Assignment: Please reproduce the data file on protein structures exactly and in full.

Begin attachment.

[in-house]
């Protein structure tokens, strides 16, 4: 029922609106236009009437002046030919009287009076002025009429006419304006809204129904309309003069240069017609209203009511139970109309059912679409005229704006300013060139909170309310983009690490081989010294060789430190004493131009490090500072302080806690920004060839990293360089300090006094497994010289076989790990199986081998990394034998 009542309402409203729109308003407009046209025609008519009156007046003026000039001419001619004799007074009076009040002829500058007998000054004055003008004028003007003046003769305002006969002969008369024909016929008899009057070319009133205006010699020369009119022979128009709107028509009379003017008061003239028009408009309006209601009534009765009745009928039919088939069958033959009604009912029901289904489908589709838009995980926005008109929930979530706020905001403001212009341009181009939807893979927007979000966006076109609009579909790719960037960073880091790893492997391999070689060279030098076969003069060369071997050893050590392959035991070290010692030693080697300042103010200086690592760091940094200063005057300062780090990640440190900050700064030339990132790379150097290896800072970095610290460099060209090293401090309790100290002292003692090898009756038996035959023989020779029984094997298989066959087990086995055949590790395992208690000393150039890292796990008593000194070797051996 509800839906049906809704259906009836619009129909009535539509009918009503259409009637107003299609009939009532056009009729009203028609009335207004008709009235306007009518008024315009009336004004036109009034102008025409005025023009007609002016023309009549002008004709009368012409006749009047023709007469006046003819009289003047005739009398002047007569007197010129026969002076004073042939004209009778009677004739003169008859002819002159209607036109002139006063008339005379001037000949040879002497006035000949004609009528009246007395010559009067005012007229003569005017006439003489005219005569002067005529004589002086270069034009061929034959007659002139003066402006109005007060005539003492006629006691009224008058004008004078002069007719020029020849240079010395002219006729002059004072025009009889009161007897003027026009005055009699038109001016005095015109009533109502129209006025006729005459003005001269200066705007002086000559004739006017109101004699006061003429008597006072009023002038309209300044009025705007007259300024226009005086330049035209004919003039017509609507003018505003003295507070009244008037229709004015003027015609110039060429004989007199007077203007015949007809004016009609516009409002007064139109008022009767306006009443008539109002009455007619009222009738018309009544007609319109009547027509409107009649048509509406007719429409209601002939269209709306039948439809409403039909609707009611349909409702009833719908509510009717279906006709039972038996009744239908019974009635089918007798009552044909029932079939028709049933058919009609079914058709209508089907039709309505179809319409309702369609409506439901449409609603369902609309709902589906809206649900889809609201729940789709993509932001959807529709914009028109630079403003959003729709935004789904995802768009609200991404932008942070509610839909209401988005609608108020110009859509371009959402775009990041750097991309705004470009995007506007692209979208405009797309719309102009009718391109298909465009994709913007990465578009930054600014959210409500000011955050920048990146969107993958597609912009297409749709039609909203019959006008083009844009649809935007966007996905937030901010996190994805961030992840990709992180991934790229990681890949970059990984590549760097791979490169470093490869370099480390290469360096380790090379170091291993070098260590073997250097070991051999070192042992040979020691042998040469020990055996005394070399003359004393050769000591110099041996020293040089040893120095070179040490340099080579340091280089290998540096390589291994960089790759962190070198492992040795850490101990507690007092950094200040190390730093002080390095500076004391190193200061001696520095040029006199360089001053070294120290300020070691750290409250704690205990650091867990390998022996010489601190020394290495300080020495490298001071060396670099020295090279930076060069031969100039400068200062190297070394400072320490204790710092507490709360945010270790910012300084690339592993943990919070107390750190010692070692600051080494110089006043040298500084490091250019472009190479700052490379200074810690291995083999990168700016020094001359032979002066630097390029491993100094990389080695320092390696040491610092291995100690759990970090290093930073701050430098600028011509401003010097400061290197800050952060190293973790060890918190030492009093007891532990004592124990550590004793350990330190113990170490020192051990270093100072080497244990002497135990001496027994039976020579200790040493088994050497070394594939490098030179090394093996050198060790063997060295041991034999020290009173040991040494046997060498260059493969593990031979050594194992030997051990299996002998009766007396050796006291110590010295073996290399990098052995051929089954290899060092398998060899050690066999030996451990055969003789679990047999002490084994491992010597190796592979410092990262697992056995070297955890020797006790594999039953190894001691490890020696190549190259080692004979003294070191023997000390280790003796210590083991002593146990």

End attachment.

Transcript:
[in-house]
């Protein structure tokens, strides 16, 4: 029922609106236009009437002046030919009287009076002025009429006419304006809204129904309309003069240069017609209203009511139970109309059912679409005229704006300013060139909170309310983009690490081989010294060789430190004493131009490090500072302080806690920004060839990293360089300090006094497994010289076989790990199986081998990394034998 009542309402409203729109308003407009046209025609008519009156007046003026000039001419001619004799007074009076009040002829500058007998000054004055003008004028003007003046003769305002006969002969008369024909016929008899009057070319009133205006010699020369009119022979128009709107028509009379003017008061003239028009408009309006209601009534009765009745009928039919088939069958033959009604009912029901289904489908589709838009995980926005008109929930979530706020905001403001212009341009181009939807893979927007979000966006076109609009579909790719960037960073880091790893492997391999070689060279030098076969003069060369071997050893050590392959035991070290010692030693080697300042103010200086690592760091940094200063005057300062780090990640440190900050700064030339990132790379150097290896800072970095610290460099060209090293401090309790100290002292003692090898009756038996035959023989020779029984094997298989066959087990086995055949590790395992208690000393150039890292796990008593000194070797051996 509800839906049906809704259906009836619009129909009535539509009918009503259409009637107003299609009939009532056009009729009203028609009335207004008709009235306007009518008024315009009336004004036109009034102008025409005025023009007609002016023309009549002008004709009368012409006749009047023709007469006046003819009289003047005739009398002047007569007197010129026969002076004073042939004209009778009677004739003169008859002819002159209607036109002139006063008339005379001037000949040879002497006035000949004609009528009246007395010559009067005012007229003569005017006439003489005219005569002067005529004589002086270069034009061929034959007659002139003066402006109005007060005539003492006629006691009224008058004008004078002069007719020029020849240079010395002219006729002059004072025009009889009161007897003027026009005055009699038109001016005095015109009533109502129209006025006729005459003005001269200066705007002086000559004739006017109101004699006061003429008597006072009023002038309209300044009025705007007259300024226009005086330049035209004919003039017509609507003018505003003295507070009244008037229709004015003027015609110039060429004989007199007077203007015949007809004016009609516009409002007064139109008022009767306006009443008539109002009455007619009222009738018309009544007609319109009547027509409107009649048509509406007719429409209601002939269209709306039948439809409403039909609707009611349909409702009833719908509510009717279906006709039972038996009744239908019974009635089918007798009552044909029932079939028709049933058919009609079914058709209508089907039709309505179809319409309702369609409506439901449409609603369902609309709902589906809206649900889809609201729940789709993509932001959807529709914009028109630079403003959003729709935004789904995802768009609200991404932008942070509610839909209401988005609608108020110009859509371009959402775009990041750097991309705004470009995007506007692209979208405009797309719309102009009718391109298909465009994709913007990465578009930054600014959210409500000011955050920048990146969107993958597609912009297409749709039609909203019959006008083009844009649809935007966007996905937030901010996190994805961030992840990709992180991934790229990681890949970059990984590549760097791979490169470093490869370099480390290469360096380790090379170091291993070098260590073997250097070991051999070192042992040979020691042998040469020990055996005394070399003359004393050769000591110099041996020293040089040893120095070179040490340099080579340091280089290998540096390589291994960089790759962190070198492992040795850490101990507690007092950094200040190390730093002080390095500076004391190193200061001696520095040029006199360089001053070294120290300020070691750290409250704690205990650091867990390998022996010489601190020394290495300080020495490298001071060396670099020295090279930076060069031969100039400068200062190297070394400072320490204790710092507490709360945010270790910012300084690339592993943990919070107390750190010692070692600051080494110089006043040298500084490091250019472009190479700052490379200074810690291995083999990168700016020094001359032979002066630097390029491993100094990389080695320092390696040491610092291995100690759990970090290093930073701050430098600028011509401003010097400061290197800050952060190293973790060890918190030492009093007891532990004592124990550590004793350990330190113990170490020192051990270093100072080497244990002497135990001496027994039976020579200790040493088994050497070394594939490098030179090394093996050198060790063997060295041991034999020290009173040991040494046997060498260059493969593990031979050594194992030997051990299996002998009766007396050796006291110590010295073996290399990098052995051929089954290899060092398998060899050690066999030996451990055969003789679990047999002490084994491992010597190796592979410092990262697992056995070297955890020797006790594999039953190894001691490890020696190549190259080692004979003294070191023997000390280790003796210590083991002593146990």